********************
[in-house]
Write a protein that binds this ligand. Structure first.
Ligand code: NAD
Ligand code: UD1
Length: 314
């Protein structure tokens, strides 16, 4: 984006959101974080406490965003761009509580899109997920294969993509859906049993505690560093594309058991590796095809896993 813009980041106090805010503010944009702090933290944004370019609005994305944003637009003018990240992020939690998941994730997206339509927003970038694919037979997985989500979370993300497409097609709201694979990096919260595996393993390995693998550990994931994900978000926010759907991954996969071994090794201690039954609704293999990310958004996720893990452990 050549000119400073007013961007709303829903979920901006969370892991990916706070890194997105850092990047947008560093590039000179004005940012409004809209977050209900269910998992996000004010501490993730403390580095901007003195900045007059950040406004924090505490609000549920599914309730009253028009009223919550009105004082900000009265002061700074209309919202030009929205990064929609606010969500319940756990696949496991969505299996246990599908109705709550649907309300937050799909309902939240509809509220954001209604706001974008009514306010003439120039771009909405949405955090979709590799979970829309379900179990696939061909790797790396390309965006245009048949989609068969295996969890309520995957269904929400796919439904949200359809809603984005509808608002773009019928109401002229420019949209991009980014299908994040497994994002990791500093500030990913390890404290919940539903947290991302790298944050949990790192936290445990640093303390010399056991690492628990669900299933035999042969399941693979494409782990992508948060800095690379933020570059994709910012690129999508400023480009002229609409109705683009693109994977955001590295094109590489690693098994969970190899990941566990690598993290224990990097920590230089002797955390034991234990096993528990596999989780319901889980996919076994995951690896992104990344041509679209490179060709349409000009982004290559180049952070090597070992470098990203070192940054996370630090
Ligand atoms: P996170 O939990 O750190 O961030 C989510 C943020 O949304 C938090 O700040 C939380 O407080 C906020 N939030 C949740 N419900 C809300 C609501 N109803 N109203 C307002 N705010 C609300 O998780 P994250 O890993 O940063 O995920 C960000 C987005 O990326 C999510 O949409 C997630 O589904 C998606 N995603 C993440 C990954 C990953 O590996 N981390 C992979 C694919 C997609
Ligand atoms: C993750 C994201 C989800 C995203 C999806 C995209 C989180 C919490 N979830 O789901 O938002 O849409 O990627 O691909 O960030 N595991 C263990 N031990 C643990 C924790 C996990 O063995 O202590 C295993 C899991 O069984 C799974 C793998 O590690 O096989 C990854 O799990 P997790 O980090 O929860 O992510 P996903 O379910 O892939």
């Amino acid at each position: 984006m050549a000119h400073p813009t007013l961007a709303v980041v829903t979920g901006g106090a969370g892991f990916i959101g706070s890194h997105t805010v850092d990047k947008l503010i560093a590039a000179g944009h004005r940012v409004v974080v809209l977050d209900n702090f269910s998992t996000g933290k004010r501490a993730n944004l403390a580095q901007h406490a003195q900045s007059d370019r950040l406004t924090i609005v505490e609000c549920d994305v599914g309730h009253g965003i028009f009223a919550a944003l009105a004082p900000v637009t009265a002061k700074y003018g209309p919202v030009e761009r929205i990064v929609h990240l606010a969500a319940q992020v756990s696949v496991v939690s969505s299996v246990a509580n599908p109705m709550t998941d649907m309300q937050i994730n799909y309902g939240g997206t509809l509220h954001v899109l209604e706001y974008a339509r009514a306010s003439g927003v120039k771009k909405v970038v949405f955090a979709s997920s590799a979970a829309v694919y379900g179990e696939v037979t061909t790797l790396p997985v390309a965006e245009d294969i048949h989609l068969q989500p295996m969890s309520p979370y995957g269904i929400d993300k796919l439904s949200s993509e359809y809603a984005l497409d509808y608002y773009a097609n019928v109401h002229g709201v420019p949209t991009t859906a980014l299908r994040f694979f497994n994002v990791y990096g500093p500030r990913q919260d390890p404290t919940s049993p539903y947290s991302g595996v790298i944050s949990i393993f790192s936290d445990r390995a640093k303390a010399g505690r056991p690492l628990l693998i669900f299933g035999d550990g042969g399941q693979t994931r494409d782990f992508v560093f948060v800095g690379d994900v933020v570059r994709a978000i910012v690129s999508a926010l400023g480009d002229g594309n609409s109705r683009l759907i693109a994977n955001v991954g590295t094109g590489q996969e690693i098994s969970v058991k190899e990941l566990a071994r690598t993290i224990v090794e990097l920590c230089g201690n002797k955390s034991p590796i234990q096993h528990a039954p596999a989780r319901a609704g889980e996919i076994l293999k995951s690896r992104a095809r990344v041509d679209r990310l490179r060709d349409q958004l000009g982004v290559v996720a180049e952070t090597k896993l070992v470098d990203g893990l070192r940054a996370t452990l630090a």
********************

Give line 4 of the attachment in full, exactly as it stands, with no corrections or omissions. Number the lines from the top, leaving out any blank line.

Ligand code: UD1